Tumor necrosis factor α gene expression and the response to interferon in chronic hepatitis C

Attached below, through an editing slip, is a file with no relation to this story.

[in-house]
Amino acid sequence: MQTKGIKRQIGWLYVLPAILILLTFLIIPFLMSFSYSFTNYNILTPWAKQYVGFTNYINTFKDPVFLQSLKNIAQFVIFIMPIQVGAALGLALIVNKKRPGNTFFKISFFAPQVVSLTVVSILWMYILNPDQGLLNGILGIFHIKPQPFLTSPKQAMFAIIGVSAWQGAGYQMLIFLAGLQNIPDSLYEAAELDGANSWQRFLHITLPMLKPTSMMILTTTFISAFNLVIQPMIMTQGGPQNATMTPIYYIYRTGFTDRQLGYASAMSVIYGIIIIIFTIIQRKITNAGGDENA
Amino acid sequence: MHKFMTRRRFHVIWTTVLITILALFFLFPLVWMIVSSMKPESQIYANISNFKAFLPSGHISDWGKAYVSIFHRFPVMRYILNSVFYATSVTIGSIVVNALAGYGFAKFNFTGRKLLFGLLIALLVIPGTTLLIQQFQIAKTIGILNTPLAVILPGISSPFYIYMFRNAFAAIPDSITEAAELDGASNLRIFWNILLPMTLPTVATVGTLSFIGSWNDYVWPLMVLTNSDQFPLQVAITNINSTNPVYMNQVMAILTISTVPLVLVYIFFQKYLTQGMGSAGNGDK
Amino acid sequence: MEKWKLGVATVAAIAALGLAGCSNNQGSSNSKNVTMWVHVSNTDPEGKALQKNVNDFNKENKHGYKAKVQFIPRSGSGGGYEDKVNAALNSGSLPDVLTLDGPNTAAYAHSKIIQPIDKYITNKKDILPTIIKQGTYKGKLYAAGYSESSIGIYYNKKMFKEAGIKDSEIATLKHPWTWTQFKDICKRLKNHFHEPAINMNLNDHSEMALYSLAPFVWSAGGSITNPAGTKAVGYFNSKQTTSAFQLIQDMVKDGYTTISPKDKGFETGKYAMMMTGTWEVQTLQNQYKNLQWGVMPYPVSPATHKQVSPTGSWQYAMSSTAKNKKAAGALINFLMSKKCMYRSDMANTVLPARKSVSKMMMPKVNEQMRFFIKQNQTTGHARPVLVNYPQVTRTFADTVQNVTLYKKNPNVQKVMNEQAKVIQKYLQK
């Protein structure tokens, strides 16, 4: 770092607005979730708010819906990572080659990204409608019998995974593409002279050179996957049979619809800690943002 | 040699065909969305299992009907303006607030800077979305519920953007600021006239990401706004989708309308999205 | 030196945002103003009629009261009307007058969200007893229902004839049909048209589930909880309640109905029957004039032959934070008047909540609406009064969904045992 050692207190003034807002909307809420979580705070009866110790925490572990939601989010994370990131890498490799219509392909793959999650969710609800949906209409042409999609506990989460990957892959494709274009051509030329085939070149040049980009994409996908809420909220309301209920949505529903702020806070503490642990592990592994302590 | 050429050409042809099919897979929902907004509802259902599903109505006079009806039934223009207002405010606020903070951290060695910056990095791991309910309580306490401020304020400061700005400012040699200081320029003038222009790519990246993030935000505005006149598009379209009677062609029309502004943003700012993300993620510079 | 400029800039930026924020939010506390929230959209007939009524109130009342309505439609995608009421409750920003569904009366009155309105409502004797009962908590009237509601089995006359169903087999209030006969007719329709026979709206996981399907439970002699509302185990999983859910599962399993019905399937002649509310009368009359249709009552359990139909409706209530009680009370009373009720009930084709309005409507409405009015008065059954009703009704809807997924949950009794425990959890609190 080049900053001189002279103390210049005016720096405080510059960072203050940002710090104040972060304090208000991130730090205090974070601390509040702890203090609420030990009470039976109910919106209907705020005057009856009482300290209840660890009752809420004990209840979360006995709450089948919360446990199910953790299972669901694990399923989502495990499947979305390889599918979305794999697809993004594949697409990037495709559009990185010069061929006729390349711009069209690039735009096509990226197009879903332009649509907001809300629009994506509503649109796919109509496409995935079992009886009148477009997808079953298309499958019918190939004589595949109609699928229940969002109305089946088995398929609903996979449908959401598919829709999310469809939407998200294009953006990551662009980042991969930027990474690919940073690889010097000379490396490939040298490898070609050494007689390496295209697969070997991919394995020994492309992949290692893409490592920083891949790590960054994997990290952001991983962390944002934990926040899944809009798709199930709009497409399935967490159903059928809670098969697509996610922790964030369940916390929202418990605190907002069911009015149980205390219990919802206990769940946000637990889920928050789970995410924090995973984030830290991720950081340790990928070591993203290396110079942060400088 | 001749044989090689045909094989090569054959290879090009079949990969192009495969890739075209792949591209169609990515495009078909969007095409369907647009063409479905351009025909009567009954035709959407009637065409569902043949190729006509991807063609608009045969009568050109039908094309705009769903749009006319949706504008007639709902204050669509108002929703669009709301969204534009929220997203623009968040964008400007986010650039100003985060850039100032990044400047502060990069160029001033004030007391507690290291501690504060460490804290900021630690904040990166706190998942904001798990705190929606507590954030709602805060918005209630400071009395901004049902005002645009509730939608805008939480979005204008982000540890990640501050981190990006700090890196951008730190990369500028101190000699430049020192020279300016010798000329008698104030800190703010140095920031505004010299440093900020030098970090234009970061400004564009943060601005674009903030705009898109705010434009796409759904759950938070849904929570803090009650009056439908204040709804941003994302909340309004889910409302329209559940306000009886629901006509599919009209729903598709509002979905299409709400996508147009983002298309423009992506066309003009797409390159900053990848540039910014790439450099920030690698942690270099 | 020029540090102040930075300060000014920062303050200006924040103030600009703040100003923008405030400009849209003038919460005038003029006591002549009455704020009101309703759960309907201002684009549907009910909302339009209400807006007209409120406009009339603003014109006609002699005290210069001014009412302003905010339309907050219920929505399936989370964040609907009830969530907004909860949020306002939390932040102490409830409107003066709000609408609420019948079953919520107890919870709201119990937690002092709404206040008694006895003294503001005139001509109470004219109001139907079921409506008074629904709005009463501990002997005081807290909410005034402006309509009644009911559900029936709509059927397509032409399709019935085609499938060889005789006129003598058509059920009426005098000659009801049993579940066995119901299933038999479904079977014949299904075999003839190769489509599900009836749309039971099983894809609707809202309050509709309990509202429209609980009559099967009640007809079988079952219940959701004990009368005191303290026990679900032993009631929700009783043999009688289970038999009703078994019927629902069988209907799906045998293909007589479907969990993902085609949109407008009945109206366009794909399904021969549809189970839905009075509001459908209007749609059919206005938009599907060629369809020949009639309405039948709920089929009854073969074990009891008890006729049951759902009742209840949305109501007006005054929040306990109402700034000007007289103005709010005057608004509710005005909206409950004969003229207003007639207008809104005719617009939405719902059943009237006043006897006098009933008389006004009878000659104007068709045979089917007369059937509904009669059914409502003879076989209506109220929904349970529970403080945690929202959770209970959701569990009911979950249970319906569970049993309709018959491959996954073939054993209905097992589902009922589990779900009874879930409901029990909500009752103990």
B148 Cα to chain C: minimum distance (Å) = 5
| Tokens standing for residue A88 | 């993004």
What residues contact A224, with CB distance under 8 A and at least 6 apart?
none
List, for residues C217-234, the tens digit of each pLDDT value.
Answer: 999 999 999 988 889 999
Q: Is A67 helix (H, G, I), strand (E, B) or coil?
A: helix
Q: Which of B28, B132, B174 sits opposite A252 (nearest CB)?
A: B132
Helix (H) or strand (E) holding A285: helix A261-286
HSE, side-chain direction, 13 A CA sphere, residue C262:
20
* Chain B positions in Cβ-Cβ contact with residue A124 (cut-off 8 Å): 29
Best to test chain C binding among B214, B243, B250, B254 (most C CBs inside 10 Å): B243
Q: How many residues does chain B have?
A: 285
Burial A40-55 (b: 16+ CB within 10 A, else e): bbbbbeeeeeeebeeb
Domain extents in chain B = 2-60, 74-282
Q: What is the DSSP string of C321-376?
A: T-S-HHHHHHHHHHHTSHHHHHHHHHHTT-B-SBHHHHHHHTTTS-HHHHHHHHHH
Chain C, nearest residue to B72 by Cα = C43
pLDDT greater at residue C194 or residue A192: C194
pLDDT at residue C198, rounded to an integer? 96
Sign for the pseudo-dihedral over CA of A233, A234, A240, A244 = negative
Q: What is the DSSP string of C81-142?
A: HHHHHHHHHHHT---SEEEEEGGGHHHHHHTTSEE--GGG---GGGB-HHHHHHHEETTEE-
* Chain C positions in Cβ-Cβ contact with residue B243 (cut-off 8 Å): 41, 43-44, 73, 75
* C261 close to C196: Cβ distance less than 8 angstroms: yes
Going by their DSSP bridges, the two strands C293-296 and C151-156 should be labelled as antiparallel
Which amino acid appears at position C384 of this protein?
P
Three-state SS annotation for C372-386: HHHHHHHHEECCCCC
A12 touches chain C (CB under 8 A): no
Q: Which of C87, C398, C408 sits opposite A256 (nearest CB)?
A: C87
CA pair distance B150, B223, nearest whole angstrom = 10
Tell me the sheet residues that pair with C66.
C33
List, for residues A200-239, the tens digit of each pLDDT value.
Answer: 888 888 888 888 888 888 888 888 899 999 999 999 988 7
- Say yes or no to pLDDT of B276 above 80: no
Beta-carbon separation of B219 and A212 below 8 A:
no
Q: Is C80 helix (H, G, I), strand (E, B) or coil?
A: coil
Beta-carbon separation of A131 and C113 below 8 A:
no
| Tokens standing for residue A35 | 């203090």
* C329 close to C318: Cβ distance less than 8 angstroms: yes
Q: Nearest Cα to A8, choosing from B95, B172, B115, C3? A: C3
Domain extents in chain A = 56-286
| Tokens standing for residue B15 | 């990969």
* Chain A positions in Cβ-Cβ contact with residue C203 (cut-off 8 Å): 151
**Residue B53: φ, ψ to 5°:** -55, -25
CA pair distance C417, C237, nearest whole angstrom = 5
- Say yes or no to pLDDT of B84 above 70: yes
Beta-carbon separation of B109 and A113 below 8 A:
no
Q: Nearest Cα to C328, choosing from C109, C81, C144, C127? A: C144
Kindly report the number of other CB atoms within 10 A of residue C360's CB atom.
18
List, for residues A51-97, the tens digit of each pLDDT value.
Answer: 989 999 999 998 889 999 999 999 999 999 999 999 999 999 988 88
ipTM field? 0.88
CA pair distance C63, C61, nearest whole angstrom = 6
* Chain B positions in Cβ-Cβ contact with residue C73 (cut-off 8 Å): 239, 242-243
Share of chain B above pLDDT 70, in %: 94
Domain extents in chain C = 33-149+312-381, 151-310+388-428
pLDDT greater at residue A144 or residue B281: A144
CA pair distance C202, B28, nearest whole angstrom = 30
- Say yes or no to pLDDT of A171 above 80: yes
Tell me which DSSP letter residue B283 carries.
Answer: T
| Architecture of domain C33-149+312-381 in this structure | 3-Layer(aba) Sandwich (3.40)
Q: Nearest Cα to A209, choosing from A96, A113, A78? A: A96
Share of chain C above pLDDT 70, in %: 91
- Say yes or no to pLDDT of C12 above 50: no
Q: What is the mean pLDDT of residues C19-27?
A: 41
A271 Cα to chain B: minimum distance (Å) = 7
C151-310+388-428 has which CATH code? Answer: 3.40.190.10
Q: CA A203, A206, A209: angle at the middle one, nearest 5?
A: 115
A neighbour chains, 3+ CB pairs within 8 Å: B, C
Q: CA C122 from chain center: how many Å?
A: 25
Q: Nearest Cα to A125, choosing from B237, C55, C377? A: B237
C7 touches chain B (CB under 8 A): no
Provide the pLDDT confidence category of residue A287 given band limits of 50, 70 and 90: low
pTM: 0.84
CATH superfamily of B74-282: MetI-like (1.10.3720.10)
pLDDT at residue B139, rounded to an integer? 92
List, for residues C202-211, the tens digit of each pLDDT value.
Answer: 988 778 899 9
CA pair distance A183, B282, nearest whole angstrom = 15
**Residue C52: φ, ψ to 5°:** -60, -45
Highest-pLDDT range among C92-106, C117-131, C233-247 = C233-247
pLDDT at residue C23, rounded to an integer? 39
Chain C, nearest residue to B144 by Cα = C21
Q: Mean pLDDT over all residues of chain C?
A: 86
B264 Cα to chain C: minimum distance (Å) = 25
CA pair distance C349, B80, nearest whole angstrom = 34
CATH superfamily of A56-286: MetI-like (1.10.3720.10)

Tumor necrosis factor α (TNF-α) is a cytokine with pleiotropic properties that is induced in a variety of pathological situations including viral infections. In this work, we analyzed the expression of TNF-α gene in patients with chronic hepatitis C. Serum TNF-α levels were found to be elevated in all chronic hepatitis C patients including those cases presenting sustained biochemical remission of the disease after interferon therapy. Untreated patients with chronic hepatitis C showed increased TNF-α messenger RNA (mRNA) levels in the liver and mononuclear cells as compared with healthy controls. After completion of treatment with interferon, patients experiencing sustained complete response showed values of TNF-α mRNA, both in the liver and in peripheral mononuclear cells, within the normal range, significantly lower than patients who did not respond to interferon and than those with complete response who relapsed after interferon withdrawal. Pretreatment values of TNF-α mRNA were lower in long-term responders to interferon than in cases who failed to respond to the treatment. Values of TNF-α mRNA in the liver or in mononuclear cells were higher in specimens with positive hepatitis C virus (HCV) RNA than in those samples where the virus was undetectable. Neither the intensity of the liver damage nor the amount of HCV RNA in serum or in cells showed correlation with the levels of TNF-α transcripts in peripheral mononuclear cells but it was found that high TNF-α values were associated with genotype 1b. In conclusion, there is an enhanced expression of TNF-α in HCV infection. High levels of this cytokine may play a role in the resistance to interferon therapy.